The Profit Recession Is Now Here... And The Worst Is Yet to Come

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by Tyler Durden
Thursday, Nov 03, 2022 - 08:19 PM

Michael Msika and Farah Elbahrawy, Bloomberg Markets Live reporter and commentators

Let the economists debate all day long about whether a recession is coming: In corporate earnings, one has already arrived, if you set aside the oil and gas industry. And the worst may not be over.

Third-quarter earnings for companies in the S&P 500 excluding energy have fallen 3.5%, based on results so far and estimates for those still to come, according to data compiled by Bloomberg Intelligence. That’s after a 1.8% drop in the preceding period, marking the first consecutive declines since 2020, when the pandemic began.

Earnings for US energy companies have gotten a boost from elevated oil prices due to tighter supply caused by Russia’s invasion of Ukraine. But the broader corporate world is feeling the pinch of raging inflation, the resultant higher interest rates from the Federal Reserve, the surging dollar and slowing demand.

“We’re very clearly seeing a slowdown in earnings growth,” Madison Faller, global strategist at JPMorgan Private Bank, told Bloomberg Television. “That said, I don’t think earnings expectations are yet fully pricing in this probability of a recession.”

Investors largely have looked past the decline in profits this earnings season, lifting the S&P 500 by 2.5% since companies started reporting in mid-October. The thinking was that the Fed’s rate increases soon will have inflation under control, allowing the central bank to slow or even end its rate hike campaign, and the economy to avoid a recession.

The Fed dashed such optimism in its latest interest rate decision Wednesday, with Chair Jerome Powell leaving little doubt that he’s prepared to push rates as high as needed to stamp out inflation. If there’s a deeper economic downturn in the offing, earnings estimates may still be too high.

A consensus estimate for 12-month S&P 500 earnings per share of $210, down from the current $232, is a level which would reflect an economic slowdown, Faller said.

The next global earnings-per-share recession is about to begin, according to Citigroup Inc. strategists led by Robert Buckland. It would be the eighth in the past 50 years. The past seven lasted two years and saw earnings fall 31%, they wrote in a note.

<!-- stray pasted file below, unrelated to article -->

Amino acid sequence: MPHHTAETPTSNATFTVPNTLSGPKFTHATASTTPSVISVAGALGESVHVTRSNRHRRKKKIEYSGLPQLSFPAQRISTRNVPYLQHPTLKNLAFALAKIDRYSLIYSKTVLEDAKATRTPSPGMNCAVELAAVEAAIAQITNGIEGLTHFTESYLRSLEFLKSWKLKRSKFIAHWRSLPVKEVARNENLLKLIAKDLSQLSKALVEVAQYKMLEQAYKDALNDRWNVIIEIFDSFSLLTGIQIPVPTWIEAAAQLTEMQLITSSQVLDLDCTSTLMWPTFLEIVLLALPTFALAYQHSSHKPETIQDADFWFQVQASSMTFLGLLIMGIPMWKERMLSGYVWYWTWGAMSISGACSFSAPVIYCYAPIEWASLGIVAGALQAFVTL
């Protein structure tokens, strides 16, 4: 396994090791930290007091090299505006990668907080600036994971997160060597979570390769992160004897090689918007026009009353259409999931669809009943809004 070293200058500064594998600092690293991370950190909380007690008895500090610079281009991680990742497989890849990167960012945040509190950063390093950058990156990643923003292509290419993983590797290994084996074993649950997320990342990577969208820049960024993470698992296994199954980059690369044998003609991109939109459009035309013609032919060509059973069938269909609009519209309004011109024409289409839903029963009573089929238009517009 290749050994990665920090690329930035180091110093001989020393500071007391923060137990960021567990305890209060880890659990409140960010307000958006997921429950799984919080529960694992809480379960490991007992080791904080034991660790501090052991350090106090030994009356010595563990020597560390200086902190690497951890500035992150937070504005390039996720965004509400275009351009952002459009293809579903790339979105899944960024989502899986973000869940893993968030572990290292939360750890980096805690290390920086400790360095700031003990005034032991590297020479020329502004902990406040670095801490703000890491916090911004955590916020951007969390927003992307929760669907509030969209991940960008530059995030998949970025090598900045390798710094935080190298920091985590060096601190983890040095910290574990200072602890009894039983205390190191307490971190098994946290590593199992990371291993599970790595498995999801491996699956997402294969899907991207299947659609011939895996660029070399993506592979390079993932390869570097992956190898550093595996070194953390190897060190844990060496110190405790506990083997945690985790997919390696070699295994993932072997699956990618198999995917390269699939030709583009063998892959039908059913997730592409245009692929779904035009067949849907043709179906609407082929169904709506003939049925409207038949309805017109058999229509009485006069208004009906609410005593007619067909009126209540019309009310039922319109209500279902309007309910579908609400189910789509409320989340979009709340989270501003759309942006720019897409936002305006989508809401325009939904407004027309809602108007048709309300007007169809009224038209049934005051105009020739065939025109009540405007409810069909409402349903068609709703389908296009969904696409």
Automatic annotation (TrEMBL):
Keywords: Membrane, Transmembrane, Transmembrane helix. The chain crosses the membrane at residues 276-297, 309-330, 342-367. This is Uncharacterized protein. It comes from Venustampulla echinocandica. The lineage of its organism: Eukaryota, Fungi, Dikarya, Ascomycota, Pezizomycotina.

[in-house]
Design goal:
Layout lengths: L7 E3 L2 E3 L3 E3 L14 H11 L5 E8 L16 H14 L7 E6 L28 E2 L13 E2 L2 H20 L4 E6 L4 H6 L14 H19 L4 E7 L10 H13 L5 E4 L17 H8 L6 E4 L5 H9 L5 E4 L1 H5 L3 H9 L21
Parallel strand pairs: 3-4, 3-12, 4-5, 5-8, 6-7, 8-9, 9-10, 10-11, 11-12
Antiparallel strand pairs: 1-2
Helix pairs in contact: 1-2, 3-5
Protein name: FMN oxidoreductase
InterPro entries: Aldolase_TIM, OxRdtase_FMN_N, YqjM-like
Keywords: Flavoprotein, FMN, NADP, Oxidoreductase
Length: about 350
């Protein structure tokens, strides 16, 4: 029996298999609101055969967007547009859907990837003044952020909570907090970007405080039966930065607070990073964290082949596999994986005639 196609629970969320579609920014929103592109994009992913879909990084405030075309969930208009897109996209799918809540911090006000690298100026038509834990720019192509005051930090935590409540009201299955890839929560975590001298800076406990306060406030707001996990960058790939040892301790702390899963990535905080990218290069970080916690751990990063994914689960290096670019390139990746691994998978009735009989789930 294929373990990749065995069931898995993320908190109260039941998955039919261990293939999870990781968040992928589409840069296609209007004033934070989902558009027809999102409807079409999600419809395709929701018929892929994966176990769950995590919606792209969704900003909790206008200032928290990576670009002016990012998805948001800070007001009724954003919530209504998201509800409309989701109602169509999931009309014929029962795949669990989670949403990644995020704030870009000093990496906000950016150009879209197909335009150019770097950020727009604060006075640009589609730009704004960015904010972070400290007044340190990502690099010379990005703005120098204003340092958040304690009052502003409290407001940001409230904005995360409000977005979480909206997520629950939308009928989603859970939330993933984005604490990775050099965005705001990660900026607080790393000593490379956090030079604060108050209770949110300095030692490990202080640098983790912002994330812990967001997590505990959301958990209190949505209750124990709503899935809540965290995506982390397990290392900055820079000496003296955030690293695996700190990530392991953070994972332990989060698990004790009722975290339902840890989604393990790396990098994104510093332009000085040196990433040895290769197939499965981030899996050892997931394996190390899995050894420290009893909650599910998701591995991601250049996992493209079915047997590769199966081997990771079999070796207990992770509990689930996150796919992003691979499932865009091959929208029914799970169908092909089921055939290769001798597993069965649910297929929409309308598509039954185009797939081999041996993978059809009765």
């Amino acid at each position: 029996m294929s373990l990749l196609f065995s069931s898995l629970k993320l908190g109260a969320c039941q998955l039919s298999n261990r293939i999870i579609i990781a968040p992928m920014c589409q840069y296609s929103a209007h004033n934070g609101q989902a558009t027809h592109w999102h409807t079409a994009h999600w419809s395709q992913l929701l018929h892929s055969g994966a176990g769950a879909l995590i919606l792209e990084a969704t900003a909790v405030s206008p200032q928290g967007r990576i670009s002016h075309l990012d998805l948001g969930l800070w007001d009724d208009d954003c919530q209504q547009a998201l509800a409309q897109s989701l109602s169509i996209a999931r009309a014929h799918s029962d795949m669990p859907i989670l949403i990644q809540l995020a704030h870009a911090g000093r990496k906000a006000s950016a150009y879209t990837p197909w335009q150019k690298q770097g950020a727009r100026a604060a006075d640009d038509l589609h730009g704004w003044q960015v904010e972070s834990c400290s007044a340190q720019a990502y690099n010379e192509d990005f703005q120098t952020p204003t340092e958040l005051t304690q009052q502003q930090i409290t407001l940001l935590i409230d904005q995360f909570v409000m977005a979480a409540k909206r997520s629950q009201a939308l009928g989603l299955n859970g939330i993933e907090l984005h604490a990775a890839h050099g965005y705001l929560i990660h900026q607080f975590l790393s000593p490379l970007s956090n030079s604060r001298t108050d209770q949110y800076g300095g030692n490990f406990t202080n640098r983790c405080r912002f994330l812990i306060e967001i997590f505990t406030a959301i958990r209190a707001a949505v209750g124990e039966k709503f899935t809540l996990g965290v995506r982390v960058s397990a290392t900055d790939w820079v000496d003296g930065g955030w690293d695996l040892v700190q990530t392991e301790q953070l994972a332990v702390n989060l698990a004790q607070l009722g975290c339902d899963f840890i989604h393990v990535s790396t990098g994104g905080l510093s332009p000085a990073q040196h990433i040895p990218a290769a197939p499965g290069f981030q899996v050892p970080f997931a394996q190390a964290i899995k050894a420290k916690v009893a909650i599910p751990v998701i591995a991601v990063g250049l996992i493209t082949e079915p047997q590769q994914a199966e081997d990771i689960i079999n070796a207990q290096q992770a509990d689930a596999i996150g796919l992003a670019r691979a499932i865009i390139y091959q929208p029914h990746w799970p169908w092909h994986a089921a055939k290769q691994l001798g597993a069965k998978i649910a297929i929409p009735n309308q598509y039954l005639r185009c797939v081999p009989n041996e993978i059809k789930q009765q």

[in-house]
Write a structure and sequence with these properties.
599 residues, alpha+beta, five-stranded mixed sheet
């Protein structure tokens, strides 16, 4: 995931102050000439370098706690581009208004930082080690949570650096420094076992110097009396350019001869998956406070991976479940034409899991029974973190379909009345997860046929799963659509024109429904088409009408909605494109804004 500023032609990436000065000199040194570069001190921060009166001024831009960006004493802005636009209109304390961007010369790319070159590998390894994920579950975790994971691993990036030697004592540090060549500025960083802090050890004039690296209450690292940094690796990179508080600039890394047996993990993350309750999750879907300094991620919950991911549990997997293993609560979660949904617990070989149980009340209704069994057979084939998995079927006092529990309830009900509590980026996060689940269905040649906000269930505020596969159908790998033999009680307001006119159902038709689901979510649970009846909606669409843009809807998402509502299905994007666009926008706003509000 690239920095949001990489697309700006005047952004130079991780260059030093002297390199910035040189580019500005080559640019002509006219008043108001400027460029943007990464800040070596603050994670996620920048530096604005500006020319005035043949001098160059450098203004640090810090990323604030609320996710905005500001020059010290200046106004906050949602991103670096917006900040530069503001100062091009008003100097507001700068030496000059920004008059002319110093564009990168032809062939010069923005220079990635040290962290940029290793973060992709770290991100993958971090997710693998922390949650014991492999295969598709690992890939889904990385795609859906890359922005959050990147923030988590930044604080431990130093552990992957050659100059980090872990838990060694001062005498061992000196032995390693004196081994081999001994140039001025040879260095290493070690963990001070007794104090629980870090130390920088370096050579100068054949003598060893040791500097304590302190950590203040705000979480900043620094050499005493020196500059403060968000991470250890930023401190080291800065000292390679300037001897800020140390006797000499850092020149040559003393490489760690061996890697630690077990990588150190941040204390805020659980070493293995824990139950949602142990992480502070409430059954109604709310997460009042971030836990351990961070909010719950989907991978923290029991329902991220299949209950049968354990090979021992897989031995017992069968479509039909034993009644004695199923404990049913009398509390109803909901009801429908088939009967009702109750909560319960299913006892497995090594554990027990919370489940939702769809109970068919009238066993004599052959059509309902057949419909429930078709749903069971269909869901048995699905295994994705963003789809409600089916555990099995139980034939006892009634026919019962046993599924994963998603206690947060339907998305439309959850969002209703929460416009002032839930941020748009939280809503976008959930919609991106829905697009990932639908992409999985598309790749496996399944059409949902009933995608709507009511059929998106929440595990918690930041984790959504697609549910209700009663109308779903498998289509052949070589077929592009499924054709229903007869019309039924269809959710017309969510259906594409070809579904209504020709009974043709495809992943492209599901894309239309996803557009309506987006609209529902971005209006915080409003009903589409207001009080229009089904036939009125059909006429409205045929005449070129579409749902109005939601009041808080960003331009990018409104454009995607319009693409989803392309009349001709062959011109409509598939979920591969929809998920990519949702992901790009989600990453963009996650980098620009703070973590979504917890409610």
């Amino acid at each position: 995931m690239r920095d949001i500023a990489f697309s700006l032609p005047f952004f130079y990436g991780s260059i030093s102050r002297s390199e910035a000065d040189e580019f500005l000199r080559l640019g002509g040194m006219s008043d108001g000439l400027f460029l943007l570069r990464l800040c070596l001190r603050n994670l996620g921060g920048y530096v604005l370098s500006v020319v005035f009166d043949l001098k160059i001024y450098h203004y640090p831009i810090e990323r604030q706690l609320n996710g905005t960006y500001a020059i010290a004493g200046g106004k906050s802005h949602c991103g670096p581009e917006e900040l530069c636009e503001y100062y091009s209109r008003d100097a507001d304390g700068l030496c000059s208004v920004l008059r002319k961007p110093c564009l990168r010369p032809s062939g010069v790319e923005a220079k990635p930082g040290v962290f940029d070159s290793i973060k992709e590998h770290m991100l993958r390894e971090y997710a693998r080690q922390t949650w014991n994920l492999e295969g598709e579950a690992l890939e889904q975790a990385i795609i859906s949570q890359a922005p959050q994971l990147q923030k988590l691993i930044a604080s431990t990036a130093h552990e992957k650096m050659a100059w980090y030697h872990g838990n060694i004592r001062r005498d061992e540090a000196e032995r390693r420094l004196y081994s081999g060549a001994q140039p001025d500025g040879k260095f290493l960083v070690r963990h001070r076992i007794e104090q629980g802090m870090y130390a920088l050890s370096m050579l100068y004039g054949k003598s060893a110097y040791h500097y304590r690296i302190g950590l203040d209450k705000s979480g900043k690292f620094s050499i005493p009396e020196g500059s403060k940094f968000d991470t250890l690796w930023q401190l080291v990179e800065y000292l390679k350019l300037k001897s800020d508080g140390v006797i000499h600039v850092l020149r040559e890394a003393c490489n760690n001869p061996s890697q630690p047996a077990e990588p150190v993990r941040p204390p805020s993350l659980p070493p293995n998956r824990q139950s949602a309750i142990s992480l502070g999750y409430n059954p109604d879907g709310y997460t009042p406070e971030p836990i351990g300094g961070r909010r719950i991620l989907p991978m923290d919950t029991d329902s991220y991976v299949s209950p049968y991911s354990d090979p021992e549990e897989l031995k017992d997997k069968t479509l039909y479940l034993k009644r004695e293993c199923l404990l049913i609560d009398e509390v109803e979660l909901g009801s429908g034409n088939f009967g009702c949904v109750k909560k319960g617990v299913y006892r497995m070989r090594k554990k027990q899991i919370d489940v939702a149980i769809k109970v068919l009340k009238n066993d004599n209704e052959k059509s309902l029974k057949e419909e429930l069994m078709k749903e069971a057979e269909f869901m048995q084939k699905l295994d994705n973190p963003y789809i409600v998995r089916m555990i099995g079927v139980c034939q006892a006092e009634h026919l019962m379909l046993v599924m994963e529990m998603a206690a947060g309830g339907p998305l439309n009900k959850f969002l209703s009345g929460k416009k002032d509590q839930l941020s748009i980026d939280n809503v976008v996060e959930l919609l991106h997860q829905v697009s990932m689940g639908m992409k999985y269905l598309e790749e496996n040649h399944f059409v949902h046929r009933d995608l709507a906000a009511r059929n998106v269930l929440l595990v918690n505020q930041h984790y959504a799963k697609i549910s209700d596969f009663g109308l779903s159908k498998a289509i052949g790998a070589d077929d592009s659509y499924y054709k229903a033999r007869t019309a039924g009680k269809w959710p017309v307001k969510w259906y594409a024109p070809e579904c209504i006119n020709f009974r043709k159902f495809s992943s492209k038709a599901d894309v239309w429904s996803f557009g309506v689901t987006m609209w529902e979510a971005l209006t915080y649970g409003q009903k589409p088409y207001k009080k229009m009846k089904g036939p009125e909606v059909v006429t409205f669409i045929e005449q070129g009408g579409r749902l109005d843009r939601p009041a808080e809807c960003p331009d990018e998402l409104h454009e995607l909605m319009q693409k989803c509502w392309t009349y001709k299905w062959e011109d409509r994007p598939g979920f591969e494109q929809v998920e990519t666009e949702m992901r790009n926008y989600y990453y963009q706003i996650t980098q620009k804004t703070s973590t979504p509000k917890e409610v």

“We remain concerned that interest-rate-obsessed equity markets have yet to price in the true earnings impact of a full-blown economic slowdown,” they said. Analyst consensus estimates are still too high, predicting 5% global earnings per share growth in 2023 when Citi strategists forecast a 5% to 10% contraction, they added.

To be sure, analysts are already slashing their forecasts for the next couple of years -- projections for 2023 earnings have fallen six straight weeks while the consensus for 2024 has dropped for 19 consecutive weeks. 

The third-quarter results illustrate how bad it’s gotten. US companies typically steer analyst expectations lower in the weeks before earnings announcements, so that they then can manage to beat the lowered estimates. This quarter, though, earnings are coming in 1% below consensus, so this could be only the third time since the Great Financial Crisis that results miss expectations, according to Bank of America Corp. strategists including Savita Subramanian.

To further complicate matters, the S&P 500 is likely to lose the oil and gas earnings crutch moving into the coming quarters. Energy companies’ earnings growth will fade the next two quarters and will start to contract in the second quarter of 2023, according to analysis from Wendy Soong, a senior associate analyst at BI.

“We are still not yet at the sort of 20-30% earnings decline which usually comes with a recession,” said James Athey, investment director at Abrdn. “Recent recessions have been fleeting because of the speed with which the Fed has responded through easier policy. That’s less likely this time given the inflation backdrop.”